Support Nicaragua’s Political Prisoners

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We, concerned citizens of Nicaragua and people of the solidarity movement across Europe, have created this web platform and campaign for the liberation and support of Nicaragua’s political prisoners to raise awareness, inform you, provide you with ways to participate and support the political prisoners. 

May the bars of the cells / turn to sugar or bend of mercy / and my brothers go and do again / love and revolution. 

– Mario Benedetti

According to the Interamerican Commision on Human Rights (CIDH-IACHR) at least 1.600 self-convened protesters (autoconvocados), students, peasants and social movement leaders have been illegally detained since the start of massive protests against Nicaragua’s government in 2018. At present, December 2021, there are 157 political prisoners behind bars resulting from the repression of the 2018 protests and the political opposition, and 10 more unjustly imprisoned for political reasons before 2018.

Nicaragua’s current government, headed by president Daniel Ortega and his wife (and vice-president) Rosario Murillo, has been in power for the past fifteen years. Since the protests erupted in April 2018, the government has been unwavering in their deployment of repressive strategies to quell any and all dissent. In a wave of unprecedented state violence, more than 300 people were killed, more than 2.000 injured, and at least 1.600 arbitrarily detained or imprisoned. Many of these prisoners have been subjected to beatings, psychological abuse and torture. Moreover, as a result of this violent repression, over 140.000 Nicaraguans have fled the country.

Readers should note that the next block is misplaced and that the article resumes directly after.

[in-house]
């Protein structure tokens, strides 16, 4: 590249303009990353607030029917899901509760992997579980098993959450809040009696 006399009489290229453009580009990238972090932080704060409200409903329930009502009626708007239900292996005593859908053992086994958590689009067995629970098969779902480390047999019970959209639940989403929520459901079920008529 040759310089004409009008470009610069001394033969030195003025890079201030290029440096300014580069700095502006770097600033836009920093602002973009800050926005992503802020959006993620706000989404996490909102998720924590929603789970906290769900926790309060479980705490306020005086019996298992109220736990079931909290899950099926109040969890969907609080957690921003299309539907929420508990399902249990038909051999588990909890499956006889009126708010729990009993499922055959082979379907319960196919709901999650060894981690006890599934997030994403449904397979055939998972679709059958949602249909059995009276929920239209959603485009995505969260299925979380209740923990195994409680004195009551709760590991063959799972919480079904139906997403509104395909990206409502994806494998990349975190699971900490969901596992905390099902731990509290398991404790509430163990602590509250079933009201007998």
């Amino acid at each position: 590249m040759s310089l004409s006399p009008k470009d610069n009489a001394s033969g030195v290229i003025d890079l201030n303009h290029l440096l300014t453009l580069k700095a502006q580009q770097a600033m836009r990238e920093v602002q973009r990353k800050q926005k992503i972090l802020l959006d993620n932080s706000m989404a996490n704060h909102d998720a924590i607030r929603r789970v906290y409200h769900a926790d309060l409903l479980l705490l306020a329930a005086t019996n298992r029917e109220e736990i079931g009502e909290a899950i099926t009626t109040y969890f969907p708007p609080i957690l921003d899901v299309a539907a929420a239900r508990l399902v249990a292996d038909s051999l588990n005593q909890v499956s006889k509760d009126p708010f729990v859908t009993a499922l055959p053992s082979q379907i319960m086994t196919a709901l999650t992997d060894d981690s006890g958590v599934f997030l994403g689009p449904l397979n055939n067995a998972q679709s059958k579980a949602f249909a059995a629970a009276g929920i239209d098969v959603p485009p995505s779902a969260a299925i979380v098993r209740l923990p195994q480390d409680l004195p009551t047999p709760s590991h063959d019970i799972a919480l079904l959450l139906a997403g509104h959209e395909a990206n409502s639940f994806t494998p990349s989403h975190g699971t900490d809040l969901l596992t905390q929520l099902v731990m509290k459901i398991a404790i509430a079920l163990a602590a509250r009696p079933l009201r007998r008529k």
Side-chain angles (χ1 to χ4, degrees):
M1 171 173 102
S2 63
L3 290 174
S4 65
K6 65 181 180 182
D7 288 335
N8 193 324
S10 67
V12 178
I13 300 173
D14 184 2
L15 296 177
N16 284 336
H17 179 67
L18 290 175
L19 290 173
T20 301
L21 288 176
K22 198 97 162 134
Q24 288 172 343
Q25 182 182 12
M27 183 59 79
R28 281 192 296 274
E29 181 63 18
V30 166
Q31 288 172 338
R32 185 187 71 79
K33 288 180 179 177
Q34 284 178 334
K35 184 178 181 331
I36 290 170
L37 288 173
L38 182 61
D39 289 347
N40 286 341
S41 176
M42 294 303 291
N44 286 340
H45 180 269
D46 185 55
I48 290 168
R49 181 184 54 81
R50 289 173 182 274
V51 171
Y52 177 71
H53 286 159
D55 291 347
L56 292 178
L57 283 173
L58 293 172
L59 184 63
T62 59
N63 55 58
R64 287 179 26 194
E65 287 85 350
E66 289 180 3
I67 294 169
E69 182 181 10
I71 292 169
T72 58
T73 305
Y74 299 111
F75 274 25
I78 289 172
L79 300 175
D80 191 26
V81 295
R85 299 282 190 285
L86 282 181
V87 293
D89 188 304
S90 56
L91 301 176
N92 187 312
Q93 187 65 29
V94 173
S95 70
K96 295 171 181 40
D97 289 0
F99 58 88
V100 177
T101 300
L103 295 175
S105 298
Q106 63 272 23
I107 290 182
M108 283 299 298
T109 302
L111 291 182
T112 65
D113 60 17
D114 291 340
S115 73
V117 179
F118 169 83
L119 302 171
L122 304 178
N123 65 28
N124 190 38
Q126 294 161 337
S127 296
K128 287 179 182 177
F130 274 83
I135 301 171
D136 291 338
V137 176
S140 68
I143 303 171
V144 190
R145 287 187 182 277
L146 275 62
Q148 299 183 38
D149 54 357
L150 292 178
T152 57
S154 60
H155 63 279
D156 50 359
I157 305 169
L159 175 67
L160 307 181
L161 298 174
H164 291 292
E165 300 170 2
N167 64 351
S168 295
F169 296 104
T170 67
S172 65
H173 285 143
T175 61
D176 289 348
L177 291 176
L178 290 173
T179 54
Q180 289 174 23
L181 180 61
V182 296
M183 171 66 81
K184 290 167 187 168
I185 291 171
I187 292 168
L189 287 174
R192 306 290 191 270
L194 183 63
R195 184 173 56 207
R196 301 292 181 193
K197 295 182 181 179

Most recently, in November 2021, they committed fraud to reelect themselves for the coming 5 years. In the run-up to the elections, they arrested over 30 opposition members, including peasant and student movement leaders, journalists, and human rights defenders.

They need our help!

We join in the demand for the liberation of ALL political prisoners in Nicaragua, an immediate halt to the continuing repression and intimidation of the Nicaraguan people, and justice for the grave state-led crimes committed against protesters and dissidents!

Political prisoners often smile upon their presentation before the press as a symbol of resistance and their peaceful struggle. The Aguadores (water bringers) were arrested on 14 November 2019, for bringing water to the mothers of political prisoners on a hunger strike at a church in Masaya. The detainees included former political prisoners like Amaya Coppens (who was released) and Wilfredo Brenes (who is still in imprisoned). They were charged with the ‘transport of illegal weapons’ and ‘organized crime’.
It is our task to keep the pressure on for all political prisoners releases!

Background

We started this campaing in December 2018. At the time, after 8 months of brutal repression, The Interamerican Commision on Human Rights’ (CIDH-IACHR) Independent, Interdisciplinary Experts Group (GIEI) concluded in their thorough, 235-page report that crimes against humanity were committed by the Nicaraguan state against its people. Yet the day before the report was to be made public, the government expelled all CIDH missions, including the GIEI, from Nicaragua. Since, two failed dialogue attempts and dozens of international declarations to cease repression later, the Nicaraguan state and the opposition union have been in a stale-mate, with the state forcefully maintaining the upper hand.

National Police on their way to repress a protest in Managua, Nicaragua, 2018. Photo courtesy El Nuevo Diario.